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Mysterious 'Poe Toaster' Returns for Writer's 200th Birthday

To mark the 200th anniversary of writer Edgar Allan Poe's birth, a mysterious visitor again placed three red roses and a half-filled bottle of cognac at Poe's grave in Baltimore before quietly slipping away.

The curator of the Poe House and Museum, Jeff Jerome, said about 50 people waited outside the cemetery of Westminster Presbyterian Church, hoping to catch a glimpse Monday of the elusive man known as the "Poe toaster." The man returns each year in the early morning darkness on Poe's birthday.

Jerome says the visitor did not leave any note, not even to comment on the milestone anniversary. He adds the crowd was smaller than he expected and was better behaved than the rowdy groups that have attended the vigil in recent years.

Poe's enduring literary works, brief life and mysterious death will be marked by an exhibit at two universities in honor of his 200th birthday.

"From Out That Shadow: The Life and Legacy of Edgar Allan Poe," opening March 7 at the University of Virginia in Charlottesville then moving to the University of Texas, will feature manuscripts of "The Raven" and other works, books, letters and his writing desk. It will also explore Poe's romantic relationships, the decline and resurrection of his literary reputation, and his influence on the genre of mystery literature.

Visitors can take guided tours and hear gallery talks about the 19th-century author, too.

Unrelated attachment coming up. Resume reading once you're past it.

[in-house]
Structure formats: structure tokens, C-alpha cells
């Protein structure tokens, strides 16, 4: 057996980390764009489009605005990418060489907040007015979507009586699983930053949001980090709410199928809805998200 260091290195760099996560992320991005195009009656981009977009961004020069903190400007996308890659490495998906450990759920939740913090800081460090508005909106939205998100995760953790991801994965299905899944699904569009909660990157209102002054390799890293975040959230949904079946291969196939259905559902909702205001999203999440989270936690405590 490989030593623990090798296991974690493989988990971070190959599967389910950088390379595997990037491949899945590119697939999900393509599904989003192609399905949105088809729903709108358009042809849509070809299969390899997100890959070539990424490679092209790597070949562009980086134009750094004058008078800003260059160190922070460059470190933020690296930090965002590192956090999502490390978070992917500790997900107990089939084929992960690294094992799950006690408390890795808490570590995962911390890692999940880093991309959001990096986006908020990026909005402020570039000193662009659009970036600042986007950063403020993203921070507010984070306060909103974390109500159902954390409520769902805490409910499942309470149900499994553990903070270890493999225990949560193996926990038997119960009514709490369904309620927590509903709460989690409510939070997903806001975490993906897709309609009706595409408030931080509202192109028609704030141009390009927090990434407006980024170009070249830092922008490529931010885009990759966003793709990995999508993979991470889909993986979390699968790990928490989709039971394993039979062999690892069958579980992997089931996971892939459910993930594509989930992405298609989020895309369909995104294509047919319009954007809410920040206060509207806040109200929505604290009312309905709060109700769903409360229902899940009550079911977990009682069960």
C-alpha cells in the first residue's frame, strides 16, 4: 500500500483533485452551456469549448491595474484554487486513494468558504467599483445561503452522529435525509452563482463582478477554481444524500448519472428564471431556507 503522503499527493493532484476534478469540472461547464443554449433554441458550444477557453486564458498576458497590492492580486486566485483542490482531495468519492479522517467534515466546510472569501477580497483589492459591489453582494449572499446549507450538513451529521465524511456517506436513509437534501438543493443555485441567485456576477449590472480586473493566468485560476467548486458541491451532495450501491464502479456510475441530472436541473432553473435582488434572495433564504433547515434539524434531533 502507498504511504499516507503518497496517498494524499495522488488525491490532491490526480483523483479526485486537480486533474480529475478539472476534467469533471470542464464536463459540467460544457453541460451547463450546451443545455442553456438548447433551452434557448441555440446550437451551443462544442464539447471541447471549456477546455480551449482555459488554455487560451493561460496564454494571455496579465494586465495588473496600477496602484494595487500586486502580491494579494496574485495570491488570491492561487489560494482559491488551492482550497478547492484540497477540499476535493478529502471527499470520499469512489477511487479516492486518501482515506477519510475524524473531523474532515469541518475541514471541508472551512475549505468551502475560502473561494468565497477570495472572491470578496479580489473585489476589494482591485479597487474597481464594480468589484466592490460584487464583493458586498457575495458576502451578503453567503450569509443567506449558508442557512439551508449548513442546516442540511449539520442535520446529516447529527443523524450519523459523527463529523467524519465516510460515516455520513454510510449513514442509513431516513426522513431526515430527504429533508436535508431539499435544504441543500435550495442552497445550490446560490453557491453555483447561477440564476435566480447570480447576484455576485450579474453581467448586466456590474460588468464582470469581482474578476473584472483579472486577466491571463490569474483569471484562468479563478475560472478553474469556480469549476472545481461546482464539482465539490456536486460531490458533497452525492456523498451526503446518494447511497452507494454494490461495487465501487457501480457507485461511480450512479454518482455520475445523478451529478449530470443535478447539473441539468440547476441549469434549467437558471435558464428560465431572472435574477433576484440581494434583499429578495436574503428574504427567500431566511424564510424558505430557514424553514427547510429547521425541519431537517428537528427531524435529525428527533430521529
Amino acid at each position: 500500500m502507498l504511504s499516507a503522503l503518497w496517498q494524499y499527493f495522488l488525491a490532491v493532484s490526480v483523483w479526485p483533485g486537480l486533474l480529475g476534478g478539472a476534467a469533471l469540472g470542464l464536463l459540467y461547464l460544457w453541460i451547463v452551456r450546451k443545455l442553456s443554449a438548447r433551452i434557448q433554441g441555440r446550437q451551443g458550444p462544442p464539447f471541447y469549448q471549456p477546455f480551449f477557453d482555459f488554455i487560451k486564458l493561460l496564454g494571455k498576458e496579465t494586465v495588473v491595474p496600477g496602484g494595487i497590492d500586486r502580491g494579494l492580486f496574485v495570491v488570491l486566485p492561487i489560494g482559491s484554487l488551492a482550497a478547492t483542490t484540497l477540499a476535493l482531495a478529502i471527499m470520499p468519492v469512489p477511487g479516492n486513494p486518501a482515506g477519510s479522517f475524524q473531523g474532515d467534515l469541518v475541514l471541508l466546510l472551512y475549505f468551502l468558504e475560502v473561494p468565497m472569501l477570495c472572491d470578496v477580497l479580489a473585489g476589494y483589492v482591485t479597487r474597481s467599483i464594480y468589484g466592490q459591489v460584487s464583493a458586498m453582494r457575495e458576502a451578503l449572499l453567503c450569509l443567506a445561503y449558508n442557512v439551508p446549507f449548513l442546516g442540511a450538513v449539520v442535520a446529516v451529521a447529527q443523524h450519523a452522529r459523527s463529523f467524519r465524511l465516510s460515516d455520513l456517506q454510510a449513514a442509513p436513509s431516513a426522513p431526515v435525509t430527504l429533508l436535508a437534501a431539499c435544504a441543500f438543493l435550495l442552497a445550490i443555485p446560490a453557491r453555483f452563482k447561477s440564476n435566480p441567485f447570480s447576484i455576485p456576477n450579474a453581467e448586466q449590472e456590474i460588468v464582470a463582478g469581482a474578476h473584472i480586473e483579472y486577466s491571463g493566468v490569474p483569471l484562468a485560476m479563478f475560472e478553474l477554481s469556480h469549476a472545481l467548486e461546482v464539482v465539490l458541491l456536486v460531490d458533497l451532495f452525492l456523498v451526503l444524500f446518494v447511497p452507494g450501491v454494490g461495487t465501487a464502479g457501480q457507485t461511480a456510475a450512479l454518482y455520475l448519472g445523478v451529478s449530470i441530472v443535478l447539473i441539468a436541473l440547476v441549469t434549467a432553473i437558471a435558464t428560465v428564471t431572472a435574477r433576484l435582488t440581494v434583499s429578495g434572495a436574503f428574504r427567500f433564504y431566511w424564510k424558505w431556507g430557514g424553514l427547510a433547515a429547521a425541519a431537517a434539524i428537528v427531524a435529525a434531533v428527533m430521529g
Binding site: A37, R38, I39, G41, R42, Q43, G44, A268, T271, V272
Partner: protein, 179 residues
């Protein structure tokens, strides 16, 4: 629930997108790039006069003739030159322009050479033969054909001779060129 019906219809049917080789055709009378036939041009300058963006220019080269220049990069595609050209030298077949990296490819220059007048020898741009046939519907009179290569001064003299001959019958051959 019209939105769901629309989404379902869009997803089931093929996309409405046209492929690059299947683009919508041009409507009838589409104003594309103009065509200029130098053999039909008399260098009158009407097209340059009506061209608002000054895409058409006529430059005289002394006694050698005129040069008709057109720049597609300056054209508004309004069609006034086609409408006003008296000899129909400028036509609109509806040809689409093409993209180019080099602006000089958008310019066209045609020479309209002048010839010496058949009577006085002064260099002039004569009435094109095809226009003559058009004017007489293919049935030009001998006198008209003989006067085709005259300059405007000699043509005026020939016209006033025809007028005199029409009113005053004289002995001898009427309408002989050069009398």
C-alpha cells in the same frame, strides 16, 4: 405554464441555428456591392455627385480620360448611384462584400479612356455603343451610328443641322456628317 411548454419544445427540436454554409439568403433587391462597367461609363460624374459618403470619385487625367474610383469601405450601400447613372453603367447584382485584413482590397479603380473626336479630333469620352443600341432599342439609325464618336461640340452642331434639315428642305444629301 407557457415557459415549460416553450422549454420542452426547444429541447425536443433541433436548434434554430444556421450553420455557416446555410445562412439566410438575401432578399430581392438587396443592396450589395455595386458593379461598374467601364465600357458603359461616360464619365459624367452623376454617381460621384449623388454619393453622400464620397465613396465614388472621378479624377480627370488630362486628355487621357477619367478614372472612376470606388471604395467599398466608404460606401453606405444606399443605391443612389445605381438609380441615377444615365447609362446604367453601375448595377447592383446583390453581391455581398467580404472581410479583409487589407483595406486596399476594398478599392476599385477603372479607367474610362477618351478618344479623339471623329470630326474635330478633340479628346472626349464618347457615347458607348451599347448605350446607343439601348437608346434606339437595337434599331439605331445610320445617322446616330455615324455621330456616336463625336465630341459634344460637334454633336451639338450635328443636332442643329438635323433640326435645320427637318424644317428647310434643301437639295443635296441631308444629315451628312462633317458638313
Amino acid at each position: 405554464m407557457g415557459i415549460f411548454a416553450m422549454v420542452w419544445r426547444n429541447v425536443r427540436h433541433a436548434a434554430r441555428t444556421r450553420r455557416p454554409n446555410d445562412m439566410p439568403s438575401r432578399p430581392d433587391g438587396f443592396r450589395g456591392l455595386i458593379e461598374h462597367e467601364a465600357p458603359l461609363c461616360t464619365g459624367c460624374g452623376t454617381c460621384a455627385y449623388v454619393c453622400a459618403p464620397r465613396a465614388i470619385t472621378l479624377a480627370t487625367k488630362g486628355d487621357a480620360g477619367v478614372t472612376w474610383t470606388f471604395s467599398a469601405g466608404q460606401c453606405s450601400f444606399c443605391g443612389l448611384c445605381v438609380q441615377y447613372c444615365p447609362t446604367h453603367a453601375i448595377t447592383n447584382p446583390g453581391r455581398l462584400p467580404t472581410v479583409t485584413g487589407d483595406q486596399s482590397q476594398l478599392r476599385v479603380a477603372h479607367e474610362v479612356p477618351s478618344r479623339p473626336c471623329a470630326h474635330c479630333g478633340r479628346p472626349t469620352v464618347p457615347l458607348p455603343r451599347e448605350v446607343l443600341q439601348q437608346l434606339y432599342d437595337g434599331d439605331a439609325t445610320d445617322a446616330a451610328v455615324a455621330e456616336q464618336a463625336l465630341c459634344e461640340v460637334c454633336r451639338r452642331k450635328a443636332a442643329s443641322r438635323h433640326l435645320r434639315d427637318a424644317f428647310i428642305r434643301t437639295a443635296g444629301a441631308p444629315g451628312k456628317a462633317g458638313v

Poe is regarded as a true master of American literature, and "one of the people who changed American literature from being provincial, small-minded, nationalistic literature to something that had standards," said Ray Nelson, a U.Va. professor of American literary history and American poetry.

His macabre writings introduced the idea that literature should "expand or drive the mind beyond its limitations," Nelson said.

Poe was born Jan. 19, 1809, in Boston to actors Elizabeth Arnold Poe and David Poe. After his mother's death in 1811, he was sent to live with prosperous Richmond tobacco merchant John Allan and his wife.

After attending private schools, Poe enrolled at U.Va. in 1826. He was a good student but was forced to drop out after less than a year in part because Allan declined to help cover his gambling debts. Allan ultimately disowned Poe, and money troubles haunted the writer for the rest of his life.

Poe is credited with writing the first modern detective story, "The Murders in the Rue Morgue," which appeared in 1841 in Graham's Magazine, where Poe worked an editor.

"'The Murders in the Rue Morgue' pits a brilliant mind against a criminal, animalistic act," Nelson said. "It's the model for all the traditional mystery stories, including Sherlock Holmes and the whole British school."

The writer's other works include "The Black Cat," "The Tell-Tale Heart" and "The Pit and the Pendulum," which have frightened generations of readers.

Poe is considered the first notable American to try to make a living solely by writing, working at newspapers and magazines in Boston, Philadelphia, New York, Richmond and Baltimore. Impoverished, he died in Baltimore under mysterious circumstances on Oct. 7, 1849. He was 40.

Depression, difficulties with drinking, and the loss of key figures in his life — including his mother's fatal illness, a broken engagement and his young wife's death — certainly are reflected in his dark works.

"From Out That Shadow" is a collective effort by U.Va., the Harry Ransom Center at the University of Texas, the Free Library of Philadelphia and other libraries and museums. The exhibit will run at U.Va.'s Harrison Institute March 7-Aug. 1, and at the Harry Ransom Center Sept. 8-Jan. 4, 2010.